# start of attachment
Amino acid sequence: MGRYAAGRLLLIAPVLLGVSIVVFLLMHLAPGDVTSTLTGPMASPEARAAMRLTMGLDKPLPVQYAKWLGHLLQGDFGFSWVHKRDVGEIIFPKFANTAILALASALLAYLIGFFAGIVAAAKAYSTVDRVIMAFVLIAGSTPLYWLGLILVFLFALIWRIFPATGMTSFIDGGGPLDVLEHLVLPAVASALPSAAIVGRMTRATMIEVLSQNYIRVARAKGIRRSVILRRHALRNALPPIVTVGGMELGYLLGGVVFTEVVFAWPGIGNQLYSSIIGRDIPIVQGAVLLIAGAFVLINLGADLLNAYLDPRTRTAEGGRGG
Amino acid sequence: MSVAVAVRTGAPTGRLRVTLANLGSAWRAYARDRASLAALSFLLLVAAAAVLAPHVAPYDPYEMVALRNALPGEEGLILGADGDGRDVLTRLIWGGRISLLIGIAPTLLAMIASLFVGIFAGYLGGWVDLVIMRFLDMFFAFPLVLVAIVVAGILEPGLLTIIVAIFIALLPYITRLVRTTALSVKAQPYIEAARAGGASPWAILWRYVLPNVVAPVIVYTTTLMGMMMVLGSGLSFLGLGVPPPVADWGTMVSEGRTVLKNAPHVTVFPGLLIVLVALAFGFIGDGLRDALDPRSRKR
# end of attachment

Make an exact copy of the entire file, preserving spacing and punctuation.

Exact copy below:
Amino acid sequence: MGRYAAGRLLLIAPVLLGVSIVVFLLMHLAPGDVTSTLTGPMASPEARAAMRLTMGLDKPLPVQYAKWLGHLLQGDFGFSWVHKRDVGEIIFPKFANTAILALASALLAYLIGFFAGIVAAAKAYSTVDRVIMAFVLIAGSTPLYWLGLILVFLFALIWRIFPATGMTSFIDGGGPLDVLEHLVLPAVASALPSAAIVGRMTRATMIEVLSQNYIRVARAKGIRRSVILRRHALRNALPPIVTVGGMELGYLLGGVVFTEVVFAWPGIGNQLYSSIIGRDIPIVQGAVLLIAGAFVLINLGADLLNAYLDPRTRTAEGGRGG
Amino acid sequence: MSVAVAVRTGAPTGRLRVTLANLGSAWRAYARDRASLAALSFLLLVAAAAVLAPHVAPYDPYEMVALRNALPGEEGLILGADGDGRDVLTRLIWGGRISLLIGIAPTLLAMIASLFVGIFAGYLGGWVDLVIMRFLDMFFAFPLVLVAIVVAGILEPGLLTIIVAIFIALLPYITRLVRTTALSVKAQPYIEAARAGGASPWAILWRYVLPNVVAPVIVYTTTLMGMMMVLGSGLSFLGLGVPPPVADWGTMVSEGRTVLKNAPHVTVFPGLLIVLVALAFGFIGDGLRDALDPRSRKR